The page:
We all know the names of Pippi, Ramona, Winnie, Sherlock, Charlie Bucket, Harry Potter, and many more.
Character names represent more than a word on a piece of paper. The name of the character comes to life and becomes a real person throughout a novel.
Authors take great care in naming their characters. The ideas can come from many sources and places of inspiration.
In my children’s book, Turtle Tube: An Erutuf National Park Novel, I selected the names of Reese and Dean by using my children’s middle names. Reese and Dean fit their characters really well.
I based other characters’ names on their personalities and characteristics. I even changed a name at one point. Olivia was originally named Eva. In the editing process, I discovered that Eva and Emma were too similar of names to have in this book. I couldn’t imagine changing Emma, so opted to change Eva to Olivia.
I’m working on the second book in this series and need a name for a 5 year old boy character. I decided to ask for some help and who else best to help than a class of children. 🙂 A local fourth grade class agreed to help and all wrote down name suggestions on pieces of paper for me to review.
I love the suggestions! I am really impressed how serious the students took this task and wanted to help.
Thank you to Mrs. Anderson’s class for all these thoughtful and creative suggestions!
Melvil Dewey was born on this day in 1851. In 1873, he invented the most widely used library classification system called the Dewey Decimal System. It was first published in the United States in 1876. It is used today in more than 140 countries and translated into more than 30 different languages.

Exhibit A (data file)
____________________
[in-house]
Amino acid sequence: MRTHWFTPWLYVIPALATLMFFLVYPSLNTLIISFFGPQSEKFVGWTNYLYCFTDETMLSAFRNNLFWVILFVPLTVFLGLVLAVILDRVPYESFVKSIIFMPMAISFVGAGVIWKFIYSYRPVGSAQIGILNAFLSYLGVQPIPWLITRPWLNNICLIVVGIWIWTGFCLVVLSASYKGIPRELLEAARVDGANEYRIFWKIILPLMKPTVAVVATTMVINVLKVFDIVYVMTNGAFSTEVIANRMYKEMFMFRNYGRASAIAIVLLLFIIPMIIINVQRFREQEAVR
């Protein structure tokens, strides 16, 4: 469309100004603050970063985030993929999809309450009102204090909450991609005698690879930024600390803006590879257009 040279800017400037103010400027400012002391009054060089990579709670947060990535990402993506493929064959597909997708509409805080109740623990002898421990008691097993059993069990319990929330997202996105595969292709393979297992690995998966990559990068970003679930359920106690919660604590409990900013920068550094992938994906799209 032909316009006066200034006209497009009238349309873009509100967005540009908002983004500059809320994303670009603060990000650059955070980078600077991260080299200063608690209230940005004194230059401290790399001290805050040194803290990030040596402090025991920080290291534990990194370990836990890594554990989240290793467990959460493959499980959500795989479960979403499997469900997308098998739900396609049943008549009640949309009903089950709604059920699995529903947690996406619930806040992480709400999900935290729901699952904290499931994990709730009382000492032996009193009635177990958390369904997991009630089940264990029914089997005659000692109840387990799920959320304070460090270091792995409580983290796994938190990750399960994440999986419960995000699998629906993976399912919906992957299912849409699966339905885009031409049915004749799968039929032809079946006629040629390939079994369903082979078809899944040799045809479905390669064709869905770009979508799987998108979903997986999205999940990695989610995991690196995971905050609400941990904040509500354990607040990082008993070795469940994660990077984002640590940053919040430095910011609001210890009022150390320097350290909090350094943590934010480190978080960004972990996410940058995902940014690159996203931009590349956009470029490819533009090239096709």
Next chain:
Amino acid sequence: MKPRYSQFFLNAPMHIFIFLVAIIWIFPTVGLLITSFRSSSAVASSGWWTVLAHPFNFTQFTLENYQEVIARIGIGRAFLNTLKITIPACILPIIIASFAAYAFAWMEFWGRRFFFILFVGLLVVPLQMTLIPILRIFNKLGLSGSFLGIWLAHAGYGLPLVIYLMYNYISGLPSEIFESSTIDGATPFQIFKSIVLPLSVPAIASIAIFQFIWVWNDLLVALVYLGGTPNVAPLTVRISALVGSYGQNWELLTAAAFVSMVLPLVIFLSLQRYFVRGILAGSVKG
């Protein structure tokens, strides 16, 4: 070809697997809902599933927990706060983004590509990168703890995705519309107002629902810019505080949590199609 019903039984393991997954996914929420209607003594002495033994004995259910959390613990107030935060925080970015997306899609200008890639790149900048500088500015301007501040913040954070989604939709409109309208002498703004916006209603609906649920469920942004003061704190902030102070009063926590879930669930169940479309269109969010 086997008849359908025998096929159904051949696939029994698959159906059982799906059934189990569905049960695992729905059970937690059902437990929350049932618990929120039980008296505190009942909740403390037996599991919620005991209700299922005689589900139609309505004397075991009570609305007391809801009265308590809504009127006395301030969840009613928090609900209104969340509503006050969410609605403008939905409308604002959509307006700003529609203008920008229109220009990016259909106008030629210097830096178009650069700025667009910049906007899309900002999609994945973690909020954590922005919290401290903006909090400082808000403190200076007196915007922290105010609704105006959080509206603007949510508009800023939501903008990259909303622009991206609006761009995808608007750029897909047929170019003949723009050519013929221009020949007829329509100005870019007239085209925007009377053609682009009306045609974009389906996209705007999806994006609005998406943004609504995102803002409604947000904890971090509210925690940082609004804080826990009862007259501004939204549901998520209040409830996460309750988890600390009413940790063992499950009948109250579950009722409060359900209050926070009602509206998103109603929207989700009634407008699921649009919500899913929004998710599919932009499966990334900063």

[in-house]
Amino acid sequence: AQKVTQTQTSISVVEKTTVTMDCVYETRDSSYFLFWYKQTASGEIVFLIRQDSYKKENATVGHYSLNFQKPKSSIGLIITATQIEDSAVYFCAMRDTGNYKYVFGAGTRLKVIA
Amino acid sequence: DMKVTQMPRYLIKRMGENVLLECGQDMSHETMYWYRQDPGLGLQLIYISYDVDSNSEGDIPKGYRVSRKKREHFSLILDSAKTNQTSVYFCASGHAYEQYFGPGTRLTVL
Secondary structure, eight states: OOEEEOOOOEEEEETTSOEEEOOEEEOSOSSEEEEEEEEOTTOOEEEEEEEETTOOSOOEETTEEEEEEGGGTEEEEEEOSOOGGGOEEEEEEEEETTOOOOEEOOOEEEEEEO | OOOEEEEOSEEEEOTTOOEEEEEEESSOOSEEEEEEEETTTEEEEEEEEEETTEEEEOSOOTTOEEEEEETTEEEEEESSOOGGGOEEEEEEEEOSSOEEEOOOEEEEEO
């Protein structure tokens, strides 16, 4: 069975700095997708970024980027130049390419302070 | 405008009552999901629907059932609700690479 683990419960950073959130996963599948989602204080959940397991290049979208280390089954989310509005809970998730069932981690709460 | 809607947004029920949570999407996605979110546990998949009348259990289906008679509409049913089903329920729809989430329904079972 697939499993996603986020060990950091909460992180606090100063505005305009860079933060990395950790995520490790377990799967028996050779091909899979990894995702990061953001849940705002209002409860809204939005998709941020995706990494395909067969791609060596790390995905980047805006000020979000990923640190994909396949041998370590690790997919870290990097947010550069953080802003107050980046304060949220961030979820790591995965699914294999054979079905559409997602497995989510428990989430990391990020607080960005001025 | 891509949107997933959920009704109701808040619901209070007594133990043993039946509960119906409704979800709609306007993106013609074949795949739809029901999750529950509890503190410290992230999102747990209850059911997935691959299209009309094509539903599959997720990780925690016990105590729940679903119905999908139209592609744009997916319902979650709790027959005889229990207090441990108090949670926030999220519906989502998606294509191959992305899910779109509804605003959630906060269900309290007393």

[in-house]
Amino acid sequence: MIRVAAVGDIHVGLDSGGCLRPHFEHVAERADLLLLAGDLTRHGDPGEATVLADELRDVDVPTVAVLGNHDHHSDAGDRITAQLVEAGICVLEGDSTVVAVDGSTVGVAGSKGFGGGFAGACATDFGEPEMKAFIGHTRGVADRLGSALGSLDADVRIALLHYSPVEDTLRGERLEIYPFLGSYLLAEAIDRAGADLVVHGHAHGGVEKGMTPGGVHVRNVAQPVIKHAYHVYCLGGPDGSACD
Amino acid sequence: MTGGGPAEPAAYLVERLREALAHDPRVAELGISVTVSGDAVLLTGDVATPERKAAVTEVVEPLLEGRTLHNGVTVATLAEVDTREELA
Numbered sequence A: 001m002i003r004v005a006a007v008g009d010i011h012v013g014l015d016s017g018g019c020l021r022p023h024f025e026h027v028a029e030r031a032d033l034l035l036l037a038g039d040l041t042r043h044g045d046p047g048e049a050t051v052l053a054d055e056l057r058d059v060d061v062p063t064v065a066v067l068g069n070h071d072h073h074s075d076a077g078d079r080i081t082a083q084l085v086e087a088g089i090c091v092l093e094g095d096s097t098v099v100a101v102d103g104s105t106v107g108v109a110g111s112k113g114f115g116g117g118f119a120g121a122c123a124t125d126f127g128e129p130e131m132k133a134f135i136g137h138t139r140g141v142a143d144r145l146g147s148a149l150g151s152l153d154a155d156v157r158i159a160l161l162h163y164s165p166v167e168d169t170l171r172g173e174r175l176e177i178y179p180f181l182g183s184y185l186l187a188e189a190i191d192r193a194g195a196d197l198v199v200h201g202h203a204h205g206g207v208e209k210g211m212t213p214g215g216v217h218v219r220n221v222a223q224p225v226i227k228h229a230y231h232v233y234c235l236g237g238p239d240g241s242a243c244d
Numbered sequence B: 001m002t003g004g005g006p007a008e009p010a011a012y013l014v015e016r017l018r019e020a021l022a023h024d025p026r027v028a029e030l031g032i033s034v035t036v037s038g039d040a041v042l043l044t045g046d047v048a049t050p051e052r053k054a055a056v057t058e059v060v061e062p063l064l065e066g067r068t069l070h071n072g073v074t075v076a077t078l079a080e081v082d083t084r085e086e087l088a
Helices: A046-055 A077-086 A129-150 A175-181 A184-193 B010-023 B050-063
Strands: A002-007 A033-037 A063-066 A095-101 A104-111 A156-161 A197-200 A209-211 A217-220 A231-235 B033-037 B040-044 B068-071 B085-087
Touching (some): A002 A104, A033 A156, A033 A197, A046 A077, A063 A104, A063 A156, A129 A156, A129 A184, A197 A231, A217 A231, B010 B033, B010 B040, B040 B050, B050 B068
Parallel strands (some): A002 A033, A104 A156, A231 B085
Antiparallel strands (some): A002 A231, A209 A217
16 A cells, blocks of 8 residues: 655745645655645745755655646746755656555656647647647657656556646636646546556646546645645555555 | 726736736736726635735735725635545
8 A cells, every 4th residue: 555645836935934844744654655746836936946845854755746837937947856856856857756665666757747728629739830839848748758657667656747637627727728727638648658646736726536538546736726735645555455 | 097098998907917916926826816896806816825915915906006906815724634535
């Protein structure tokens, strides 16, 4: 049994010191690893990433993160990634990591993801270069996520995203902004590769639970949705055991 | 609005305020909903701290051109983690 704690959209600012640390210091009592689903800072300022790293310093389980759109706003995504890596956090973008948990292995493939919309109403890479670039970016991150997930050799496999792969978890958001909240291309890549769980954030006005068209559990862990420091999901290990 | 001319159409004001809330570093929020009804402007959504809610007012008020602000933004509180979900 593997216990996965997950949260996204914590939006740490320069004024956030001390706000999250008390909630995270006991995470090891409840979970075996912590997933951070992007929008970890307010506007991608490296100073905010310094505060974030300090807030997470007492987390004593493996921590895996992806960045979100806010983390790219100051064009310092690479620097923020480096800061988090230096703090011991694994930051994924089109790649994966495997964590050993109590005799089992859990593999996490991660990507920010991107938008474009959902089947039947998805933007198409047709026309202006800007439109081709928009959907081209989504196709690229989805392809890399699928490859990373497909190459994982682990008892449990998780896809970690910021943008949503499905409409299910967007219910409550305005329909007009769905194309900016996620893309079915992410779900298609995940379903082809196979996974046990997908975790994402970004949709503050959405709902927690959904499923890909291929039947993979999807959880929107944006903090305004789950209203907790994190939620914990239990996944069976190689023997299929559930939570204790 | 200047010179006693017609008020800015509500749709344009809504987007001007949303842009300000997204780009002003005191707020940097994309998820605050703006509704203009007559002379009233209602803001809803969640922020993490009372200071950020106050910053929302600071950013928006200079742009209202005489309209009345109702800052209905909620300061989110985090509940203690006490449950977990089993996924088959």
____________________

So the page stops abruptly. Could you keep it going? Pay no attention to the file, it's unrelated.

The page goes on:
The system places the books on the shelf by subject using numbers from 000 to 999. It is called “Decimal” because it uses numbers to the right of the decimal point for more detail. Each subject has its own set of numbers.
I looked up my thesis book at my university’s library and it’s number is 361.4 A756a1999. The 300’s contains the classification of social sciences.
To celebrate this day, go to the library, look at the call number on your book, and know that this system was created back in 1873!
Happy birthday to Madeleine L’Engle born on this day in 1918 in New York.
Madeleine L’Engle was an American writer of fiction, non-fiction, and poetry including such great works as A Wrinkle in Time.
Did you know that publishers rejected A Wrinkle in Time at least 26 times for being “too different” and for “dealing with the problem of evil”? It’s hard imagine this unique book not being published! To celebrate her birthday, read of her great pieces of work.
“You have to write the book that wants to be written. And if the book will be too difficult for grown-ups, then you write it for children.” ~ Madeleine L’Engle
Happy birthday also to my better half today also celebrating this day! 😉
I’m working hard on my book edits right now. I’m dreaming about commas, hyphens, and semi-colons these days. 🙂 I am getting excited about the progress and really can’t wait for it to come out!
To stay focused on my manuscript and the edits, I indulge in a fun candy. Cinnamon red hots! Yes, the little red round candies often associated with Valentine’s Day. I pour out a few on my desk. I eat the candies one at a time while reviewing paragraph by paragraph. I only allow myself to eat these goodies during my writing time. It’s my own little reward.
What treats do you enjoy to stay focused at work? We all deserve a treat for working hard.
“A day without a friend is like a pot without a single drop of honey left inside.” ~ Winnie the Pooh